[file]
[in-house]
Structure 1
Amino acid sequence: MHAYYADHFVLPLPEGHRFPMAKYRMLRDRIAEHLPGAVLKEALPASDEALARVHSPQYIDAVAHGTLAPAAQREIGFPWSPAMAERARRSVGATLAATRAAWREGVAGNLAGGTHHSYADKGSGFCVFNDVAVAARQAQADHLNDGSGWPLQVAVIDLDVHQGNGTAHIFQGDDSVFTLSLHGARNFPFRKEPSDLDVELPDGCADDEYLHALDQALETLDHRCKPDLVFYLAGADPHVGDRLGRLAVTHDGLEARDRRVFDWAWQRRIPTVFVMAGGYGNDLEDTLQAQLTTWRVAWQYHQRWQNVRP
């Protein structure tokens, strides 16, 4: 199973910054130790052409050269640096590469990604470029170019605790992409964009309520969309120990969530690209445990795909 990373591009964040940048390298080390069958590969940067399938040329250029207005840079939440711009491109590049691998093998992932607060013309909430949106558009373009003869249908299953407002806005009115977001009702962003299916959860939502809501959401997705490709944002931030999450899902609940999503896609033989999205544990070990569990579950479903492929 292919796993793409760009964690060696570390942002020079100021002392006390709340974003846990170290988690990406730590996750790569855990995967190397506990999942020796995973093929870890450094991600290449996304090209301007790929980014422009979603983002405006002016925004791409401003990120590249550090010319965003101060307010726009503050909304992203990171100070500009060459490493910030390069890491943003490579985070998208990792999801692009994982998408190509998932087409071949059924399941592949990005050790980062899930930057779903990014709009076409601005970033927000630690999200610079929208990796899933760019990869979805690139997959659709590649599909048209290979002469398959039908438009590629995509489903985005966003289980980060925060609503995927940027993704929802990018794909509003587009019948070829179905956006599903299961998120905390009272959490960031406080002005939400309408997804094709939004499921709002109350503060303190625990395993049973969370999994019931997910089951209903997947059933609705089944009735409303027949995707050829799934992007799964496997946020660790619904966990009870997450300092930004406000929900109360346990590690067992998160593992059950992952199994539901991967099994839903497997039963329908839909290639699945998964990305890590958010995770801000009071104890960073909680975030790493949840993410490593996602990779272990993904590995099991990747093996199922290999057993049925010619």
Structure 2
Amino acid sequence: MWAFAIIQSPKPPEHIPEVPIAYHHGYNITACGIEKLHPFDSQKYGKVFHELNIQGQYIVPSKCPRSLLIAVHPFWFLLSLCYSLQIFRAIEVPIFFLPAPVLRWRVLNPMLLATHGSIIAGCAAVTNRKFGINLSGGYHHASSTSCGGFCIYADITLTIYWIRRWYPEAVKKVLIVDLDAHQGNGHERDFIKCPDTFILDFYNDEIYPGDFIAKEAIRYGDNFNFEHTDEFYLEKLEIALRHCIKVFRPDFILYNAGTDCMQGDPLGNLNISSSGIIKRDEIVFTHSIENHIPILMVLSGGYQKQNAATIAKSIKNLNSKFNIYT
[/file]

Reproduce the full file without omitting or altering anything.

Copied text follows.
[in-house]
Structure 1
Amino acid sequence: MHAYYADHFVLPLPEGHRFPMAKYRMLRDRIAEHLPGAVLKEALPASDEALARVHSPQYIDAVAHGTLAPAAQREIGFPWSPAMAERARRSVGATLAATRAAWREGVAGNLAGGTHHSYADKGSGFCVFNDVAVAARQAQADHLNDGSGWPLQVAVIDLDVHQGNGTAHIFQGDDSVFTLSLHGARNFPFRKEPSDLDVELPDGCADDEYLHALDQALETLDHRCKPDLVFYLAGADPHVGDRLGRLAVTHDGLEARDRRVFDWAWQRRIPTVFVMAGGYGNDLEDTLQAQLTTWRVAWQYHQRWQNVRP
């Protein structure tokens, strides 16, 4: 199973910054130790052409050269640096590469990604470029170019605790992409964009309520969309120990969530690209445990795909 990373591009964040940048390298080390069958590969940067399938040329250029207005840079939440711009491109590049691998093998992932607060013309909430949106558009373009003869249908299953407002806005009115977001009702962003299916959860939502809501959401997705490709944002931030999450899902609940999503896609033989999205544990070990569990579950479903492929 292919796993793409760009964690060696570390942002020079100021002392006390709340974003846990170290988690990406730590996750790569855990995967190397506990999942020796995973093929870890450094991600290449996304090209301007790929980014422009979603983002405006002016925004791409401003990120590249550090010319965003101060307010726009503050909304992203990171100070500009060459490493910030390069890491943003490579985070998208990792999801692009994982998408190509998932087409071949059924399941592949990005050790980062899930930057779903990014709009076409601005970033927000630690999200610079929208990796899933760019990869979805690139997959659709590649599909048209290979002469398959039908438009590629995509489903985005966003289980980060925060609503995927940027993704929802990018794909509003587009019948070829179905956006599903299961998120905390009272959490960031406080002005939400309408997804094709939004499921709002109350503060303190625990395993049973969370999994019931997910089951209903997947059933609705089944009735409303027949995707050829799934992007799964496997946020660790619904966990009870997450300092930004406000929900109360346990590690067992998160593992059950992952199994539901991967099994839903497997039963329908839909290639699945998964990305890590958010995770801000009071104890960073909680975030790493949840993410490593996602990779272990993904590995099991990747093996199922290999057993049925010619």
Structure 2
Amino acid sequence: MWAFAIIQSPKPPEHIPEVPIAYHHGYNITACGIEKLHPFDSQKYGKVFHELNIQGQYIVPSKCPRSLLIAVHPFWFLLSLCYSLQIFRAIEVPIFFLPAPVLRWRVLNPMLLATHGSIIAGCAAVTNRKFGINLSGGYHHASSTSCGGFCIYADITLTIYWIRRWYPEAVKKVLIVDLDAHQGNGHERDFIKCPDTFILDFYNDEIYPGDFIAKEAIRYGDNFNFEHTDEFYLEKLEIALRHCIKVFRPDFILYNAGTDCMQGDPLGNLNISSSGIIKRDEIVFTHSIENHIPILMVLSGGYQKQNAATIAKSIKNLNSKFNIYT